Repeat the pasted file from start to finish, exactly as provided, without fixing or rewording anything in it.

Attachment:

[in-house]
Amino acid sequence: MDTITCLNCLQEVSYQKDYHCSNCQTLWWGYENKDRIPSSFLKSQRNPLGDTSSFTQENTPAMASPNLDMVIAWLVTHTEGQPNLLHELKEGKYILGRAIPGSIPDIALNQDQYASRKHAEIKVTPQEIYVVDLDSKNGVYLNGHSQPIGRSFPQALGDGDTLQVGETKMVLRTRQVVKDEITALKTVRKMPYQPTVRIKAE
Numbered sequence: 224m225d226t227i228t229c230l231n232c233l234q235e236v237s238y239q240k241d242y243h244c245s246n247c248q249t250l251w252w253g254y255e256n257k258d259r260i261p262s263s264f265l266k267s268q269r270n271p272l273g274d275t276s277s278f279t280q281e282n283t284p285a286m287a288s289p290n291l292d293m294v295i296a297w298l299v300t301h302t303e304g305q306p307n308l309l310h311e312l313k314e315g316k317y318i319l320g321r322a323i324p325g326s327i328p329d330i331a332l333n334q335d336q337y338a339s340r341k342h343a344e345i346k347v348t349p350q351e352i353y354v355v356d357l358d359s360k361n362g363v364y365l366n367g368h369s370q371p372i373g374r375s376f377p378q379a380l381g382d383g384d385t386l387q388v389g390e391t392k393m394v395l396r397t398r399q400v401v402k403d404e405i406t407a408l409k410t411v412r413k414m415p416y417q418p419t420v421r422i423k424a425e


[in-house]
Amino acid sequence: MDTITCLNCLQEVSYQKDYHCSNCQTLWWGYENKDRIPSSFLKSQRNPLGDTSSFTQENTPAMASPNLDMVIAWLVTHTEGQPNLLHELKEGKYILGRAIPGSIPDIALNQDQYASRKHAEIKVTPQEIYVVDLDSKNGVYLNGHSQPIGRSFPQALGDGDTLQVGETKMVLRTRQVVKDEITALKTVRKMPYQPTVRIKAE
Numbered sequence: 224m225d226t227i228t229c230l231n232c233l234q235e236v237s238y239q240k241d242y243h244c245s246n247c248q249t250l251w252w253g254y255e256n257k258d259r260i261p262s263s264f265l266k267s268q269r270n271p272l273g274d275t276s277s278f279t280q281e282n283t284p285a286m287a288s289p290n291l292d293m294v295i296a297w298l299v300t301h302t303e304g305q306p307n308l309l310h311e312l313k314e315g316k317y318i319l320g321r322a323i324p325g326s327i328p329d330i331a332l333n334q335d336q337y338a339s340r341k342h343a344e345i346k347v348t349p350q351e352i353y354v355v356d357l358d359s360k361n362g363v364y365l366n367g368h369s370q371p372i373g374r375s376f377p378q379a380l381g382d383g384d385t386l387q388v389g390e391t392k393m394v395l396r397t398r399q400v401v402k403d404e405i406t407a408l409k410t411v412r413k414m415p416y417q418p419t420v421r422i423k424a425e